Gov. Mark Dayton lashed out at constituents Monday night during a town hall meeting on the Iron Range to discuss a controversial mining project in the region.
At the center of the Monday night’s discussion was a mining site previously owned by Essar Steel that was opened up for bidding after the company was forced to declare bankruptcy. The outside group Mesabi Metallics beat out the locally-favored Cleveland Cliffs, which already runs three taconite ore mines in the area and is trusted by locals to come through.
At one point during the town hall meeting, Dayton was accused by constituents of going back on his word to support Cleveland Cliffs.
“I’ve spent 40-plus years up here doing every goddamn thing I could to bring jobs to the Iron Range, with one exception, Twin Metals,” Dayton responded, visibly angered by the questions. “Everything else I’ve supported, everything else I’ve done, within the confines of the law, when I could.”
— Jake Schneider (@jacobkschneider) September 26, 2018
Dayton acknowledged that he initially backed Cleveland Cliffs in its effort to take over the project, but was legally prevented from taking any further action after the case was sent to bankruptcy court.
“When I said that to [Cleveland Cliff CEO Lourenco Goncalves], it was before [Essar Steel] went into bankruptcy, when there was nobody else around, when there was a lot of unemployment up here, and it didn’t look like there was anybody else around,” Dayton continued, saying he “meant it,” but that neither he nor the state has “any standing in bankruptcy.”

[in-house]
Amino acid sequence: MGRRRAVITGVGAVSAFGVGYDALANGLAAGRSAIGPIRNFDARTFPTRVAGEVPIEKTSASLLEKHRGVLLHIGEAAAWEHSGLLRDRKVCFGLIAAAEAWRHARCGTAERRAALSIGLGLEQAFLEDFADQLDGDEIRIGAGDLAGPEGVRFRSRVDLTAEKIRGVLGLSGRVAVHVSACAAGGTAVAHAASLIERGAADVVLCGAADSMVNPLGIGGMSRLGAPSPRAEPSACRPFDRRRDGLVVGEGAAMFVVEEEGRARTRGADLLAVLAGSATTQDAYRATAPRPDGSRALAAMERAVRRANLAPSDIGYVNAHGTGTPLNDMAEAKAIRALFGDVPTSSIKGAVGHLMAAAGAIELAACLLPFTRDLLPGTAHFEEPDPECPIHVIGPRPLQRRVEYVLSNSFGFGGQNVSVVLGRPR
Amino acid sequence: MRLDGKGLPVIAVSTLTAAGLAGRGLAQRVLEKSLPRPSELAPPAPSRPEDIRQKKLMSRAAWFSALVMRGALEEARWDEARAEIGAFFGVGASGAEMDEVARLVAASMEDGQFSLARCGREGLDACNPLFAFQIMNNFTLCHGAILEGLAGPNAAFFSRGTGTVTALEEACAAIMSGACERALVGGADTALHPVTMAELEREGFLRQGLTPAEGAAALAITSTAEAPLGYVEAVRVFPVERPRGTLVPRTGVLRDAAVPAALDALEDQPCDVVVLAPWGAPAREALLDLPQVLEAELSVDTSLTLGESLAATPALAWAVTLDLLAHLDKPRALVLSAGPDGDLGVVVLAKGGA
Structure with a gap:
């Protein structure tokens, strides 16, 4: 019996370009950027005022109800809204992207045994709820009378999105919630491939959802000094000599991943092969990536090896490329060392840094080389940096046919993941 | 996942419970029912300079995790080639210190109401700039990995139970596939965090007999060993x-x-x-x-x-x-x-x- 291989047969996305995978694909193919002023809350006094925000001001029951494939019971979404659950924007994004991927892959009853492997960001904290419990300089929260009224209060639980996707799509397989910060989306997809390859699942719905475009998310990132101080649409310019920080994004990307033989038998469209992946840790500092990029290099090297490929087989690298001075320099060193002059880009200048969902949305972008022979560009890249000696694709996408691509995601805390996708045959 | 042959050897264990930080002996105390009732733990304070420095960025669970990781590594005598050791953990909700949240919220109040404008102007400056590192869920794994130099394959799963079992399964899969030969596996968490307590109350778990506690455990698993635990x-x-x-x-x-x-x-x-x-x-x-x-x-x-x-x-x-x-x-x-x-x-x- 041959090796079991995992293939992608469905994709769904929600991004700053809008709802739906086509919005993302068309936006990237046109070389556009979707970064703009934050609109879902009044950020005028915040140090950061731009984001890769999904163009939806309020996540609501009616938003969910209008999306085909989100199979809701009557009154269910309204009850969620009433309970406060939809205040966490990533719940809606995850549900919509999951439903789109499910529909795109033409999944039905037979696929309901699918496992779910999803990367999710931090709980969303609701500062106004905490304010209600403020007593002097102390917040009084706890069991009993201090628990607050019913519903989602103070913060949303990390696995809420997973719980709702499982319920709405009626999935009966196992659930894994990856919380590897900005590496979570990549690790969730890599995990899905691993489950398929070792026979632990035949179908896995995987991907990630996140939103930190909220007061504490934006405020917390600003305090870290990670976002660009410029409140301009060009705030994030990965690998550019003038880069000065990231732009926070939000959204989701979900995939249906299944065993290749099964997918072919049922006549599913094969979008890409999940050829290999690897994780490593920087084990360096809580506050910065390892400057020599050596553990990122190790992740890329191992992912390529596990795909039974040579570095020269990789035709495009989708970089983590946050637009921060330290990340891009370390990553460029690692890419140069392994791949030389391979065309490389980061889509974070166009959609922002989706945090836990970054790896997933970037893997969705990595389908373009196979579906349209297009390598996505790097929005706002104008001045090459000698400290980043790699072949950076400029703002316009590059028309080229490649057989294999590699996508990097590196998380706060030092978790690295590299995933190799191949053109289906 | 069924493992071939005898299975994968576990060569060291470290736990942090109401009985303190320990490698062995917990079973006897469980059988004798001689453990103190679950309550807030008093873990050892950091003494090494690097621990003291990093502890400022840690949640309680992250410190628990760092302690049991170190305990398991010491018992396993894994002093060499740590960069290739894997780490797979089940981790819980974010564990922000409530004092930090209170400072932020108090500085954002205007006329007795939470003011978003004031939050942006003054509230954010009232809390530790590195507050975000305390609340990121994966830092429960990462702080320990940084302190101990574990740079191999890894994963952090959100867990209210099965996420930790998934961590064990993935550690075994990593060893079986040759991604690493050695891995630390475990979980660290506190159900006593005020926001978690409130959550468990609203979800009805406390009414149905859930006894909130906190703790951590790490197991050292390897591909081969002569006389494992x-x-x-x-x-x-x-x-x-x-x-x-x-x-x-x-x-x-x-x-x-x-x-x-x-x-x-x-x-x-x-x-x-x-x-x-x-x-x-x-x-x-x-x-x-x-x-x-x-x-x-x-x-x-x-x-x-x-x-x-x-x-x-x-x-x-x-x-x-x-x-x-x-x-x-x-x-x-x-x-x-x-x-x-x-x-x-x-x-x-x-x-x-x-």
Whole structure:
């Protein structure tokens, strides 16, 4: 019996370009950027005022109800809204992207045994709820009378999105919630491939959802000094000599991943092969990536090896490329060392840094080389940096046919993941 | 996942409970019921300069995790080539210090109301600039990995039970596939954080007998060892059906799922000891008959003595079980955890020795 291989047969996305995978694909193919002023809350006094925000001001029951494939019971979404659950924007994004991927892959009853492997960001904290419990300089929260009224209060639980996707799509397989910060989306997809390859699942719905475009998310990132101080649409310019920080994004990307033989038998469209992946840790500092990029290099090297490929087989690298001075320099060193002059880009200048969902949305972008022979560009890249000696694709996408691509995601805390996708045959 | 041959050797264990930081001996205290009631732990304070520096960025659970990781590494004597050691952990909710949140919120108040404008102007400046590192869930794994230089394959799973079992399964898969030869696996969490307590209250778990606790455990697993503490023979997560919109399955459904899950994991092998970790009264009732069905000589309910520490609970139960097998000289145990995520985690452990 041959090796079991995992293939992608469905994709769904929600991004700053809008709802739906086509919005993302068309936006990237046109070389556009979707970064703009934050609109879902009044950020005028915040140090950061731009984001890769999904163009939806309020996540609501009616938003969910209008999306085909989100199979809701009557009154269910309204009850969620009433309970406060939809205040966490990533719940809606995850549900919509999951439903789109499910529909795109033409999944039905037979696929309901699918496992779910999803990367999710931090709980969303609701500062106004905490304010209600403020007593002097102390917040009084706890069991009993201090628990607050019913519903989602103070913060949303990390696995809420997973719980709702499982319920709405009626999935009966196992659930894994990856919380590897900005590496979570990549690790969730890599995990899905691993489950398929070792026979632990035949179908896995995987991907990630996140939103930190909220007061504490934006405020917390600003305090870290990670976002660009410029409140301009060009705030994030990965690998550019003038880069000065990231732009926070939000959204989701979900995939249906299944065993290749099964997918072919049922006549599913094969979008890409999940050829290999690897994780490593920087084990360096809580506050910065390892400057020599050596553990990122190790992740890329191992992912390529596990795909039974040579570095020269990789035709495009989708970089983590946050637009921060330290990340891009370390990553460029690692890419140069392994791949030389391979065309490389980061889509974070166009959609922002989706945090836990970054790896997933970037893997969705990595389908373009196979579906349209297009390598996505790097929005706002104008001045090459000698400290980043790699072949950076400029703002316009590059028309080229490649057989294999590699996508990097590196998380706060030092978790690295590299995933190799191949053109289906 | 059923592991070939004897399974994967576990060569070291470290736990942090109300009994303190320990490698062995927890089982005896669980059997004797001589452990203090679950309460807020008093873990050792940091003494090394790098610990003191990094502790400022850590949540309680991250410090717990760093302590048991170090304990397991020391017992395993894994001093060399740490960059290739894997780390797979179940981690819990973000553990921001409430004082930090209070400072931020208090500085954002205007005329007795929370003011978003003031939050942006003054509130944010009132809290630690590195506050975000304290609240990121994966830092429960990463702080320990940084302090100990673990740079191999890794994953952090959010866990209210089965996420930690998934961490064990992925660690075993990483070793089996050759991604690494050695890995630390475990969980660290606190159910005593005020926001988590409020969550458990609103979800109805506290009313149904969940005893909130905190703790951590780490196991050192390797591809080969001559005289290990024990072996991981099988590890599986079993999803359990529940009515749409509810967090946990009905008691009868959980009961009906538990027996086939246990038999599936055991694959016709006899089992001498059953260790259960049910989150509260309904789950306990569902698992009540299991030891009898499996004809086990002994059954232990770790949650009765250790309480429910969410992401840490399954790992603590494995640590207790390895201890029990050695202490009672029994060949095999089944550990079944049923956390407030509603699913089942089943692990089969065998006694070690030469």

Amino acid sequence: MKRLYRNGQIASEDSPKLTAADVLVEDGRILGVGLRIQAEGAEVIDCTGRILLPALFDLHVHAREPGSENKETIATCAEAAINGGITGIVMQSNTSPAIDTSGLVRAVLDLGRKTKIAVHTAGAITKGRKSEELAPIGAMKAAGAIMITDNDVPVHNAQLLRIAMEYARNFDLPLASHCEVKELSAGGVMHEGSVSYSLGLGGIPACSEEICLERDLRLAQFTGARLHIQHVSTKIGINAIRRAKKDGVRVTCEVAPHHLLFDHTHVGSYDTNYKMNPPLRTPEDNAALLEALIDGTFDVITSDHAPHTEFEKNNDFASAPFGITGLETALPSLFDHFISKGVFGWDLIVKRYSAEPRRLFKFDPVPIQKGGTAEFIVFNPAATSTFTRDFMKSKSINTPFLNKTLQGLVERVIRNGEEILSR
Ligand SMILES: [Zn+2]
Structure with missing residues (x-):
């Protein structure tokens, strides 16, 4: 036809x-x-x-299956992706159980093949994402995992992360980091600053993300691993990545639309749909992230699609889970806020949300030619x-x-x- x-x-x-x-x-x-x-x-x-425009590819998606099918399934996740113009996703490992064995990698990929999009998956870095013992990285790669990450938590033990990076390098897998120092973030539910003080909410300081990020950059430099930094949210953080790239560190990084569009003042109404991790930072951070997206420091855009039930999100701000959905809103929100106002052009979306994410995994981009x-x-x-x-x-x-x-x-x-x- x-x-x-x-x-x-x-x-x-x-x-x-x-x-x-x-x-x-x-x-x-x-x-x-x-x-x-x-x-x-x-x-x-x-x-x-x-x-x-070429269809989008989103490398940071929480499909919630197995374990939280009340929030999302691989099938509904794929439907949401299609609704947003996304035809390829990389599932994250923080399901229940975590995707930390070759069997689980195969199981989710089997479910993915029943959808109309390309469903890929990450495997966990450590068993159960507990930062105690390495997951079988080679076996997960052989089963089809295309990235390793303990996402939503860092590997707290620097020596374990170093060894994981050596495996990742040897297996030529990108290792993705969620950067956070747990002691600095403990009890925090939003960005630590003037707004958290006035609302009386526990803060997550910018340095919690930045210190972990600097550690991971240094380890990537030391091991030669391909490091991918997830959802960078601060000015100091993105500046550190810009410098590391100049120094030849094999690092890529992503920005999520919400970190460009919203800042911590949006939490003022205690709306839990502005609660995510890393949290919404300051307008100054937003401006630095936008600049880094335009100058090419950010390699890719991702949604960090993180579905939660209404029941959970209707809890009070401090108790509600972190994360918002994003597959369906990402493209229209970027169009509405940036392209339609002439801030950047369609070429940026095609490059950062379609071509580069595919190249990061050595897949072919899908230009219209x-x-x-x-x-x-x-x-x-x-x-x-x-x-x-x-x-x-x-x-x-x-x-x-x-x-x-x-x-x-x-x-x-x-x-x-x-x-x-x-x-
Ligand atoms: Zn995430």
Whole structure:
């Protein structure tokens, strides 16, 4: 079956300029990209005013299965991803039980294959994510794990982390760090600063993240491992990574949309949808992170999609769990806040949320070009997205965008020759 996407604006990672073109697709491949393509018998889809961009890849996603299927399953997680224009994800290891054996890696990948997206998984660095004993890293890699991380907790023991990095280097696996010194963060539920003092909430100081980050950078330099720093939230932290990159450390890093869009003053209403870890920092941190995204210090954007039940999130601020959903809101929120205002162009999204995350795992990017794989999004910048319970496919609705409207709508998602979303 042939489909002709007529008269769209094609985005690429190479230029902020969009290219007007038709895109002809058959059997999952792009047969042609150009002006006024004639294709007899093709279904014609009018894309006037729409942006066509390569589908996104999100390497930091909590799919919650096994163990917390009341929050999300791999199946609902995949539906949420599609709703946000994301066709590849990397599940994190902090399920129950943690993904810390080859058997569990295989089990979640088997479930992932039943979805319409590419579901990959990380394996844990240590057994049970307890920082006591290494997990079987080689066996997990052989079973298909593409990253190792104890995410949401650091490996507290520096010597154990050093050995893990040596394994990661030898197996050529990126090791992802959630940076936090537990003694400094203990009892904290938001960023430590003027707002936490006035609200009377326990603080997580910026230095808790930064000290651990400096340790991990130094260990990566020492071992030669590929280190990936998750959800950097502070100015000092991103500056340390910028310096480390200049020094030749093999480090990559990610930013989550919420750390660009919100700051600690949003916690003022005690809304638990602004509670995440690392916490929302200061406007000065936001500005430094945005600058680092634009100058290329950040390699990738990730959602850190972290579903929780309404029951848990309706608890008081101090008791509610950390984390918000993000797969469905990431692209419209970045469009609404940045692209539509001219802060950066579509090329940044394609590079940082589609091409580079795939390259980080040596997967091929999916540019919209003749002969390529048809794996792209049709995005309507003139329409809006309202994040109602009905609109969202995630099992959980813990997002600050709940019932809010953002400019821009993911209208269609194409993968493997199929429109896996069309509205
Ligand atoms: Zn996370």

“So we had to follow the law, and if [Cleveland Cliffs] wants to buy this project, they can buy it,” he added.
Mesabi Metallics Interim CEO Gary Heasley was also in attendance during Monday’s event and expressed confusion over the concerns vocalized by the crowd.
“The key to moving communities forward isn’t about battling between corporations, that’s not going to do anything. The key to moving communities forward is developing resources to be cost competitive globally, and accessing markets,” he said.
Goncalves, however, told MPR News that Heasley’s company doesn’t have the finances or resources to deliver on the project.
“We have the expertise, the manpower, we have clients, and we have money, and these are all the things that the company that was anointed by Gov. Mark Dayton does not have,” he said.
Dayton, who is in his second term as Minnesota governor and not seeking reelection due to health concerns, will be leaving office in January.
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